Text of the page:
Revisited: Time for the annual physical

Last week, I underwent that periodic humiliation known as the annual physical. Like the cautious, prudent 50-something guy I am, I trooped off to my doctor’s office with the proper forms filled out in advance, my insurance preauthorization in place, and my stomach growling like an angry beast. “No food on the day of the physical,” I had been warned, but hadn’t been smart enough to think through exactly what that meant for a 2:30 appointment.

What it meant was that I was in one foul mood by the time arrived at Shiland Hills Medical Center (village motto: “just a ‘t’ short of what it’s really like to live there.”) If the purpose of the NPO order had been to test my grumpiness quotient, I was fully prepared to be off the chart. I knew from previous experience it was actually for the blood tests I’d need to undergo following the physical part of the exam, and it didn’t make me any happier when the nurse noted cheerfully “you know, you could’ve done the exam today and the blood tests on a Saturday.” Yes, and you could be doing a better job of living up to the “care” part of healthcare.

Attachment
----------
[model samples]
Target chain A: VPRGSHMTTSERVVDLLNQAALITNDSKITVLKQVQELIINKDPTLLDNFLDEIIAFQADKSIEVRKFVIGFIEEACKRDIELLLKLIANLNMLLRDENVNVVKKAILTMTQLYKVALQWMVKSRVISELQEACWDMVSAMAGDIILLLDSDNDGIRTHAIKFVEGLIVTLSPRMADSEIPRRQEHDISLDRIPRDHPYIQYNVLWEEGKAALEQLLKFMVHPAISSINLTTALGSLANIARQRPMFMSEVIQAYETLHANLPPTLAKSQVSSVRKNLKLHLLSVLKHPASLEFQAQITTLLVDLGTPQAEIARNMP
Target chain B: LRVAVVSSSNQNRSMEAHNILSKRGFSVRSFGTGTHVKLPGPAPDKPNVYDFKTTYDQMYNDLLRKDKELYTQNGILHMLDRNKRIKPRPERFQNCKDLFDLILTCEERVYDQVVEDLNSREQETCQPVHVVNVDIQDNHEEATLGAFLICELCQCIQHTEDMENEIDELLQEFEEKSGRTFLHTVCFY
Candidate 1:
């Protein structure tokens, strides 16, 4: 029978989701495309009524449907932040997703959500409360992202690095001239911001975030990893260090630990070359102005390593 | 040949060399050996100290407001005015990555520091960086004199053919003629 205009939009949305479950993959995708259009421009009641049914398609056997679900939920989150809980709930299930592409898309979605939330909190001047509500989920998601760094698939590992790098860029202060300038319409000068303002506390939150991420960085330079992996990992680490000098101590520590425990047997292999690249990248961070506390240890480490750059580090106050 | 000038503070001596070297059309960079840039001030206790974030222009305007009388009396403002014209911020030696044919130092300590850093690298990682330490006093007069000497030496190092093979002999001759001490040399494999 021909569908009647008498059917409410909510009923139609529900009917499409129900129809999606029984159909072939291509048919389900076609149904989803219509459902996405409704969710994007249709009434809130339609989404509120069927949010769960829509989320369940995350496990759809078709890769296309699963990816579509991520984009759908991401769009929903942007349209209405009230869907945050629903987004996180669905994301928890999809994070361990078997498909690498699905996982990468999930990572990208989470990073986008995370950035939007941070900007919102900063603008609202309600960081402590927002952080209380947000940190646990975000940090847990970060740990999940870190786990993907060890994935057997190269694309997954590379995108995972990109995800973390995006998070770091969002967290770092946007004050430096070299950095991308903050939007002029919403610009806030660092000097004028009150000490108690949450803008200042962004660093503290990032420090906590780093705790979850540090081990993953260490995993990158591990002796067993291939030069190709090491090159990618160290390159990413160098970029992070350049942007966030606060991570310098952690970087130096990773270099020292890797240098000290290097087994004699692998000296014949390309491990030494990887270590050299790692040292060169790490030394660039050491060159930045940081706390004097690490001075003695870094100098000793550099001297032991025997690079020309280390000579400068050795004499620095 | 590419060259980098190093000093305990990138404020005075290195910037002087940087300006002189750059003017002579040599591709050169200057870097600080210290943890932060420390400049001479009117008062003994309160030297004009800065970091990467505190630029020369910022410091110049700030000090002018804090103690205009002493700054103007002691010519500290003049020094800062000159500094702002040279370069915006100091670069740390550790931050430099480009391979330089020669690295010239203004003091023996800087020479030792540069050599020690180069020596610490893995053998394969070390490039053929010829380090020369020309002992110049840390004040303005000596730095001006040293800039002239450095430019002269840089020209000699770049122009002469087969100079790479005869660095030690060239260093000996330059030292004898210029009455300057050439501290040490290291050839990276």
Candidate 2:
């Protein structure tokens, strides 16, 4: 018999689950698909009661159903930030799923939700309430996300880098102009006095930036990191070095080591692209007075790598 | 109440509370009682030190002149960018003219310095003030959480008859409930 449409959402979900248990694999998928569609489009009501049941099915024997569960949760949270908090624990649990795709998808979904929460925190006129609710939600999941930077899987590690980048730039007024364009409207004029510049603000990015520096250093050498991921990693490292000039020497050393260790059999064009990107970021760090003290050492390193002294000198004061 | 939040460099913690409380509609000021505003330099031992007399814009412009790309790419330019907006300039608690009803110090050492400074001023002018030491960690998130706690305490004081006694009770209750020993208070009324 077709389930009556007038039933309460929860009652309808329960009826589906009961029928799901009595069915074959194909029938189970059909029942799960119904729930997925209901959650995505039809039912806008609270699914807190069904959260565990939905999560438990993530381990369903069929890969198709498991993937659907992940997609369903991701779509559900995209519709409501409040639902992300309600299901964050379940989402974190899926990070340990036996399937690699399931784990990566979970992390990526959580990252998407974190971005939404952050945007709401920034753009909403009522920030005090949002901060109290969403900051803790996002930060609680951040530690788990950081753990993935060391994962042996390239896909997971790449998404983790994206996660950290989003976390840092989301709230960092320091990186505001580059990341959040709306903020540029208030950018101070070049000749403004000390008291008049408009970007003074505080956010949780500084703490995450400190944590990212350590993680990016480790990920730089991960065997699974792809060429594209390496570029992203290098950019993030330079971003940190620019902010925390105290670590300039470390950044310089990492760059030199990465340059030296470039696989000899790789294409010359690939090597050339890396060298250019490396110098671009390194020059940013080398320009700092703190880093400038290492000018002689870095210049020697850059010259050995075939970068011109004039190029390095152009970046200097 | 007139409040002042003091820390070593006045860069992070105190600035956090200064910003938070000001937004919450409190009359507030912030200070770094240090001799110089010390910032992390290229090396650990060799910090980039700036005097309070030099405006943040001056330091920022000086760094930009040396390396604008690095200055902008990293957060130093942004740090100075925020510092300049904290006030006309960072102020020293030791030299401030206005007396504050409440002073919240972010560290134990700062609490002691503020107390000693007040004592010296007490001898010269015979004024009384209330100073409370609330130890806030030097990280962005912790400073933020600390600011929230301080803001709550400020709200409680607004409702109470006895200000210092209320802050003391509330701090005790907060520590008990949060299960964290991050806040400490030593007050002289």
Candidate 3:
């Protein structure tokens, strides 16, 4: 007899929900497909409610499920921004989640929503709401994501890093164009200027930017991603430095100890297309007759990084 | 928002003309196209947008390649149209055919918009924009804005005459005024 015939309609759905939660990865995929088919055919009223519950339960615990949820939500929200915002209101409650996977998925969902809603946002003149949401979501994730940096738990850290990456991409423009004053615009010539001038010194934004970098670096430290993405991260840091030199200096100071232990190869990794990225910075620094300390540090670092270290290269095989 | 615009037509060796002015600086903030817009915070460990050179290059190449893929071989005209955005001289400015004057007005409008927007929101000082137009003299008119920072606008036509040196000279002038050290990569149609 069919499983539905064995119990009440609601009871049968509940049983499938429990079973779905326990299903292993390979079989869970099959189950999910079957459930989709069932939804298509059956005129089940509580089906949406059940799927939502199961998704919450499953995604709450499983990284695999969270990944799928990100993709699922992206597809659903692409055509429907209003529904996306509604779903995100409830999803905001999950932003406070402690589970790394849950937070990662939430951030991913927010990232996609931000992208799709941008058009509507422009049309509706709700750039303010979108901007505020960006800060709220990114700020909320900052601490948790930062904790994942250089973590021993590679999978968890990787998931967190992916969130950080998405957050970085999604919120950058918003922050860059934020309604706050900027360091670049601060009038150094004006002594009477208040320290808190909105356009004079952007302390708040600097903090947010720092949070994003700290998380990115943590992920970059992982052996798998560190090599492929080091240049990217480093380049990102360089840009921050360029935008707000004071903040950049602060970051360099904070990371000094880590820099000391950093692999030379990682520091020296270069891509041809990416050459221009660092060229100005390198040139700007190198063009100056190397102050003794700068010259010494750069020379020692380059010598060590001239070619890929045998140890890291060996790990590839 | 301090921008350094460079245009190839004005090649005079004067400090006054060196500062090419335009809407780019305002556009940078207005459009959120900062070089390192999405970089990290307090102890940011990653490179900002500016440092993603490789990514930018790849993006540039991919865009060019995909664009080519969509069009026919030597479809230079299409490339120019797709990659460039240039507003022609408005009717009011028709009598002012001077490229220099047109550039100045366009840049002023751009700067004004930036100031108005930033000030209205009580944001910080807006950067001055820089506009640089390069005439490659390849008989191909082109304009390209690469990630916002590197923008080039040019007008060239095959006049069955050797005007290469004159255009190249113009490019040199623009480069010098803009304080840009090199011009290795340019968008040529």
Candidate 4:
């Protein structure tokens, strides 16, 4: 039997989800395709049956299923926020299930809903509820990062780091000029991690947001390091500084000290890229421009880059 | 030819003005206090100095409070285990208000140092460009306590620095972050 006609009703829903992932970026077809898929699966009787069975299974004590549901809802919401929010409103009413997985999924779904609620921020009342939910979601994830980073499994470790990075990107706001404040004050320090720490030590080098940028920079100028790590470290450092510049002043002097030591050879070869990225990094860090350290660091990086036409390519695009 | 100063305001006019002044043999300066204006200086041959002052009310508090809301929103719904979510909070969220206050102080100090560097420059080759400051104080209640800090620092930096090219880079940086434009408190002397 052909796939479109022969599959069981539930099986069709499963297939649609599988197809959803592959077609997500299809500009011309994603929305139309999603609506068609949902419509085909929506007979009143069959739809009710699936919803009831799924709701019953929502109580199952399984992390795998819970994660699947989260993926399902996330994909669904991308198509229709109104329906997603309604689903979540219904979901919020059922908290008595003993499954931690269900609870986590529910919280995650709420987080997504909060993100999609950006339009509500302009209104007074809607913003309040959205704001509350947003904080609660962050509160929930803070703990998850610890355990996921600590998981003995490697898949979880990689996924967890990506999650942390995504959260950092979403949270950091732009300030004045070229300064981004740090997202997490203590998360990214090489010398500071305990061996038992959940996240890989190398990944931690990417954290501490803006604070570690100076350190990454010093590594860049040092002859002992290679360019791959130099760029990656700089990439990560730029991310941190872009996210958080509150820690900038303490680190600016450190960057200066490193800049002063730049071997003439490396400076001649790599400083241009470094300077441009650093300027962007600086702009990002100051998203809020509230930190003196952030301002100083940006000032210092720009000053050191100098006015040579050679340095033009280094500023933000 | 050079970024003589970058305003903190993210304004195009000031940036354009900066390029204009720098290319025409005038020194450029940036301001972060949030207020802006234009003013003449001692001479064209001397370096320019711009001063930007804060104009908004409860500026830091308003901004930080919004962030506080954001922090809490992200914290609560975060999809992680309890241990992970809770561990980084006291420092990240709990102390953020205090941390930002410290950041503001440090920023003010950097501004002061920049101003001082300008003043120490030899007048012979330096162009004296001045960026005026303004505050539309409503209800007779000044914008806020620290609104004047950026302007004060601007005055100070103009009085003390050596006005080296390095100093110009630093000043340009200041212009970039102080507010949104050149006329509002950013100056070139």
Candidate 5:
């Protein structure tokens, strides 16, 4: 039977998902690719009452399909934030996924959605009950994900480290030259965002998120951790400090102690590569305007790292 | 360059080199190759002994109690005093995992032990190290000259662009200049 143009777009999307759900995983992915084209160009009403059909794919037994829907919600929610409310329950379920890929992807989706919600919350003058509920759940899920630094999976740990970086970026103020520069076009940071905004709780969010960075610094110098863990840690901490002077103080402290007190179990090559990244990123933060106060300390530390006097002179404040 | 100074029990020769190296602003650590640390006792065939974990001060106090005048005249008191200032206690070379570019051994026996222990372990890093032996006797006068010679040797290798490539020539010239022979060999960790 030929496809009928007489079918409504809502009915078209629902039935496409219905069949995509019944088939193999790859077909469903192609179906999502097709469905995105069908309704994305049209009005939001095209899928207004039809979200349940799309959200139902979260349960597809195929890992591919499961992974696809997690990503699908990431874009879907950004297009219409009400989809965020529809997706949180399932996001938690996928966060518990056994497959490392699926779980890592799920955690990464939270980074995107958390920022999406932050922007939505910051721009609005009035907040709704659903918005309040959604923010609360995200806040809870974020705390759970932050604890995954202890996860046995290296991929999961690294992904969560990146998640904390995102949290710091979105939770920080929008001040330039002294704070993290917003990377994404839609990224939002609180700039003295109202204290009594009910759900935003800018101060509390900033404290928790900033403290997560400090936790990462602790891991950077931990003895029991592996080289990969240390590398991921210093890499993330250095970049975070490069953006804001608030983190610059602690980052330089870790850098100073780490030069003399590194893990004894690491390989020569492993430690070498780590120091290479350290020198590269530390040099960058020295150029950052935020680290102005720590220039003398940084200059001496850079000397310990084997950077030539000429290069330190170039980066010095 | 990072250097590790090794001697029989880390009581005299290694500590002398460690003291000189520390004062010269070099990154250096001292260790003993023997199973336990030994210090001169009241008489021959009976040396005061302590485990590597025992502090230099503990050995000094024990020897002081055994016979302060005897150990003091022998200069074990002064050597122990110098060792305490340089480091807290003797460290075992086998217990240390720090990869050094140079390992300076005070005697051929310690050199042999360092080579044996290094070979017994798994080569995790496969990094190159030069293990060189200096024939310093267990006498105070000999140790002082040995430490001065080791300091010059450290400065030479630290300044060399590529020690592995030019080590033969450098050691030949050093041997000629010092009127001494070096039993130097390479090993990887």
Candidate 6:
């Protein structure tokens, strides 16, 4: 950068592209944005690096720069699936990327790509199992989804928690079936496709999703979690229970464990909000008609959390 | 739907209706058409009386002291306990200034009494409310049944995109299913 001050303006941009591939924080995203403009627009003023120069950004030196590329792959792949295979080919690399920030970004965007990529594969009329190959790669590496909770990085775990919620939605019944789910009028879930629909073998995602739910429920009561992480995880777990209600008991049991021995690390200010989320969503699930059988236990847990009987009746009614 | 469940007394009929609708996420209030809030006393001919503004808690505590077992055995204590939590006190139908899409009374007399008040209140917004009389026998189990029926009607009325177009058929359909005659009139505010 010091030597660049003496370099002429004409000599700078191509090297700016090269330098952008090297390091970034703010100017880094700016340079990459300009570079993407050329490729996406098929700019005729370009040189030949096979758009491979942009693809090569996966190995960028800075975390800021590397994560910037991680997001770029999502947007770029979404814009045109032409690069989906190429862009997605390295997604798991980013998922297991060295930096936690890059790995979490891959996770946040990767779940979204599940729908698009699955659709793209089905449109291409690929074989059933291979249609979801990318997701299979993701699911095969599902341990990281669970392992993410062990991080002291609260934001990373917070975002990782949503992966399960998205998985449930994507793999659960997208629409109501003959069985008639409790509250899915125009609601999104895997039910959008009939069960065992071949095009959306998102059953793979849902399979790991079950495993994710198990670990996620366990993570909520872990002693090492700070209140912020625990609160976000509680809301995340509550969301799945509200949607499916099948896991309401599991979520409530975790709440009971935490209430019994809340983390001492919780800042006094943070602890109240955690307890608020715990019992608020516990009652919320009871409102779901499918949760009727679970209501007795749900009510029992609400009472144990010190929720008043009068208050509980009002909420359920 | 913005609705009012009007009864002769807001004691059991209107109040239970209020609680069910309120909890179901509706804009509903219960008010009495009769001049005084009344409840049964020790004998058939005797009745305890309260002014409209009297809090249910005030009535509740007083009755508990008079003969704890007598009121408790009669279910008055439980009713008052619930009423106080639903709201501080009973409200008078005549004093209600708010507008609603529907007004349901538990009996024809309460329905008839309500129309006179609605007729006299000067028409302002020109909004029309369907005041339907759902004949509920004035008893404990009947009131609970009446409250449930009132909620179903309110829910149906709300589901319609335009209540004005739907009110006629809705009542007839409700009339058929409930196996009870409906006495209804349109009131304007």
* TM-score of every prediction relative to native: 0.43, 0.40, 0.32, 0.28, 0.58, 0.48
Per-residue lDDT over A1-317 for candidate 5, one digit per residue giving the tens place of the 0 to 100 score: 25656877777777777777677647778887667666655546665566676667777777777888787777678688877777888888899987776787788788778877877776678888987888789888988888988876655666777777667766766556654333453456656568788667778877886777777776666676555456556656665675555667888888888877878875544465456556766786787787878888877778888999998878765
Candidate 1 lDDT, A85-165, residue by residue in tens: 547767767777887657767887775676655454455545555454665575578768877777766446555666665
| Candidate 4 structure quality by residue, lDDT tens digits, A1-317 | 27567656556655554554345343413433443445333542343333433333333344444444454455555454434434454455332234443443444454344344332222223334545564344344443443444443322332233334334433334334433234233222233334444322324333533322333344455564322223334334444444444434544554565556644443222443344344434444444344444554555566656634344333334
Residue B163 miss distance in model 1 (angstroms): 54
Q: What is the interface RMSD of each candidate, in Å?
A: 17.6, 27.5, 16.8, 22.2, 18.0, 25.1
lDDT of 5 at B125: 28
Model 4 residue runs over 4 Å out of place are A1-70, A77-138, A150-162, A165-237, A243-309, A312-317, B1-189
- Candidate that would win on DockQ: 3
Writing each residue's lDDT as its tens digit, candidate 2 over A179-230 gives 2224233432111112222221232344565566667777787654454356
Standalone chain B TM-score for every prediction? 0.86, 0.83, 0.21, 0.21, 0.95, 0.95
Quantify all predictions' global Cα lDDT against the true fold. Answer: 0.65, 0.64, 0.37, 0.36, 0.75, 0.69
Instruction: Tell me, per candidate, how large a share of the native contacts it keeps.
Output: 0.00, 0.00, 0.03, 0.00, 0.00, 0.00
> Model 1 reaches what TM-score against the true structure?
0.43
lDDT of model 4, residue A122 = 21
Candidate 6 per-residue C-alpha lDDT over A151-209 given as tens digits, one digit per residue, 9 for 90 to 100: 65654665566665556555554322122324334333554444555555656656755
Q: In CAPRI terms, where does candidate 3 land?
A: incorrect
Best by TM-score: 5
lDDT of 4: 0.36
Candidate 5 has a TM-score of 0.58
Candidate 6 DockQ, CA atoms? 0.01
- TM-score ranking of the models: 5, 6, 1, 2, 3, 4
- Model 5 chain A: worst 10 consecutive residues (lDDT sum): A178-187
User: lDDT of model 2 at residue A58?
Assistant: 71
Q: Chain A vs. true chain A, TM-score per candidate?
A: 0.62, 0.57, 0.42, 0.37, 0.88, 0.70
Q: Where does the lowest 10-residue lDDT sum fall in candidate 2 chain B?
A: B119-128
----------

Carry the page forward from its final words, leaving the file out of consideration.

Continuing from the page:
I arrived fifteen minutes early in a waiting room filled with elderly folks in wheelchairs and well-dressed young professionals. It wasn’t hard to tell the patients from the cheerleaders-turned-pharmaceutical reps — the reps had a desperately unwell look in advance of what was sure to be yet another no-sale. I signed in at the front desk, then took a seat between the only non-coughing old guy and a Newsweek magazine.

As soon as I got comfortable reading the latest news on hunger in Africa (growl), the receptionist called me forward. I sheepishly passed those who had obviously been waiting longer and more desperately needed to see a doctor and approached the desk.